Comfort Noise (CN)", RFC 3389, DOI 10.17487/RFC3389,
              September 2002, <>.

   [RFC4588]  Rey, J., Leon, D., Miyazaki, A., Varsa, V., and R.
              Hakenberg, "RTP Retransmission Payload Format", RFC 4588,
              DOI 10.17487/RFC4588, July 2006,

   [RFC4733]  Schulzrinne, H. and T. Taylor, "RTP Payload for DTMF
              Digits, Telephony Tones, and Telephony Signals", RFC 4733,
              DOI 10.17487/RFC4733, December 2006,

   [RFC5285]  Singer, D. and H. Desineni, "A General Mechanism for RTP
              Header Extensions", RFC 5285, DOI 10.17487/RFC5285, July
              2008, <>.

   [RFC5576]  Lennox, J., Ott, J., and T. Schierl, "Source-Specific
              Media Attributes in the Session Description Protocol
              (SDP)", RFC 5576, DOI 10.17487/RFC5576, June 2009,

   [RFC5583]  Schierl, T. and S. Wenger, "Signaling Media Decoding
              Dependency in the Session Description Protocol (SDP)",
              RFC 5583, DOI 10.17487/RFC5583, July 2009,

   [RFC6184]  Wang, Y., Even, R., Kristensen, T., and R. Jesup, "RTP
              Payload Format for H.264 Video", RFC 6184,
              DOI 10.17487/RFC6184, May 2011,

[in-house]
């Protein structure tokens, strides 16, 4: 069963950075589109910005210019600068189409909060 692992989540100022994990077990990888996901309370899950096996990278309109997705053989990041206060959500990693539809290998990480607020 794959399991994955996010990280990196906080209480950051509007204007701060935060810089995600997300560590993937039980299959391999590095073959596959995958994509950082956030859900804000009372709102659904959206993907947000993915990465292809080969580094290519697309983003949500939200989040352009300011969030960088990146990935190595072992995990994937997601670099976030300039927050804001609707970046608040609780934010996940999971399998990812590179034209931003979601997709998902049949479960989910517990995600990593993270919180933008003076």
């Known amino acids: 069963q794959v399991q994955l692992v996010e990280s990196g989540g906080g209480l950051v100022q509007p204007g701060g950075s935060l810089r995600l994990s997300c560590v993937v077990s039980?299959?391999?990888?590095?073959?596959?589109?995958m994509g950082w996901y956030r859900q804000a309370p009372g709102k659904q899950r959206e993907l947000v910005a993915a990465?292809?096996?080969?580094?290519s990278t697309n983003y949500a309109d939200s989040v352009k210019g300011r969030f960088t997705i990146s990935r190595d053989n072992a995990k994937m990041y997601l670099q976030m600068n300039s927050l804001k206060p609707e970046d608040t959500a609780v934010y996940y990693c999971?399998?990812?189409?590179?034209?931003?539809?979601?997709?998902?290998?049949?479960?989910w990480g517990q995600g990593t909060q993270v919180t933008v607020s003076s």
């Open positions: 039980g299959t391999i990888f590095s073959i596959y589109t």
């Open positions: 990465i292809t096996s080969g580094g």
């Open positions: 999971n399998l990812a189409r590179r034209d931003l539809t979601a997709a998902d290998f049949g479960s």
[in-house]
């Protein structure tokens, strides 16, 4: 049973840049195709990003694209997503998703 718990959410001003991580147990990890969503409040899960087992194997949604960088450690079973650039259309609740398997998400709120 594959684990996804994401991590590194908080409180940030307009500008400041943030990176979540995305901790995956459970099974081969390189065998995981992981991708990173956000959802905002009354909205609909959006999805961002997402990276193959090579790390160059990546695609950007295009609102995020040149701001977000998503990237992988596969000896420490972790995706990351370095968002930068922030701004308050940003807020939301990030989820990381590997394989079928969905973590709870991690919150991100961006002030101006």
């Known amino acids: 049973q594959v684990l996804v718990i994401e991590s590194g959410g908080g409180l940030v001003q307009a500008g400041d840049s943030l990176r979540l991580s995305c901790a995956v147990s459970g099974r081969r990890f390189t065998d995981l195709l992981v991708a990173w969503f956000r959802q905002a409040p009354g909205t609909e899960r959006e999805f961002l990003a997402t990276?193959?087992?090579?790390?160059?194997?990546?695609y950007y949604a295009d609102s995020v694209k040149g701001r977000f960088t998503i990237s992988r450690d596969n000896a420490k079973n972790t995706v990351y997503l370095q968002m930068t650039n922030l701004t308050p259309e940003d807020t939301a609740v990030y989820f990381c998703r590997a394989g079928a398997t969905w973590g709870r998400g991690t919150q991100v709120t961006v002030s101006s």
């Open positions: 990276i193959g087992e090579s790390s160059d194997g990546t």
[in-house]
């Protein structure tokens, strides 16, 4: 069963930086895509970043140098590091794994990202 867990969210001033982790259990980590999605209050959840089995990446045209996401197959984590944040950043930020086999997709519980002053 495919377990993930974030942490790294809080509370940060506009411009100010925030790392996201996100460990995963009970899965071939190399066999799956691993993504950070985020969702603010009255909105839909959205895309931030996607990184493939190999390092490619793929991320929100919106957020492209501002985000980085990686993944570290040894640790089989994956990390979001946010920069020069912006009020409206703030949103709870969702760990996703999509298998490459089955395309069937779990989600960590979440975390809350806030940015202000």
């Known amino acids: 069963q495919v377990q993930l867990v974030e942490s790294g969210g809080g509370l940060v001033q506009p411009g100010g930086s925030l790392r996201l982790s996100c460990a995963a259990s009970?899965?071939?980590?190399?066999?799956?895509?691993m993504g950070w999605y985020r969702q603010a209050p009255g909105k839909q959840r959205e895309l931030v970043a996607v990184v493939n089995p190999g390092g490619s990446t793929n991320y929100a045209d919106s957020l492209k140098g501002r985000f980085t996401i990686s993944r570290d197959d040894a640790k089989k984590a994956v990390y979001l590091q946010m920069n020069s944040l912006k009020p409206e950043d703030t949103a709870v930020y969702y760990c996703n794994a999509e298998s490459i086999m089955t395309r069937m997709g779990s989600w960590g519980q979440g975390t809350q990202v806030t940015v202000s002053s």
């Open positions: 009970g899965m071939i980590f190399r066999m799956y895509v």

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   [RFC6190]  Wenger, S., Wang, Y., Schierl, T., and A. Eleftheriadis,
              "RTP Payload Format for Scalable Video Coding", RFC 6190,
              DOI 10.17487/RFC6190, May 2011,

   [RFC6236]  Johansson, I. and K. Jung, "Negotiation of Generic Image
              Attributes in the Session Description Protocol (SDP)",
              RFC 6236, DOI 10.17487/RFC6236, May 2011,

   [RFC7656]  Lennox, J., Gross, K., Nandakumar, S., Salgueiro, G., and
              B. Burman, Ed., "A Taxonomy of Semantics and Mechanisms
              for Real-Time Transport Protocol (RTP) Sources", RFC 7656,
              DOI 10.17487/RFC7656, November 2015,

   [RFC7667]  Westerlund, M. and S. Wenger, "RTP Topologies", RFC 7667,
              DOI 10.17487/RFC7667, November 2015,

Appendix A.  Changes From Earlier Versions

   NOTE TO RFC EDITOR: Please remove this section prior to publication.

A.1.  Modifications Between WG Version -03 and -04

   o  Changed to only use RID identification, as was consensus during
      IETF 94.

   o  ABNF improvements.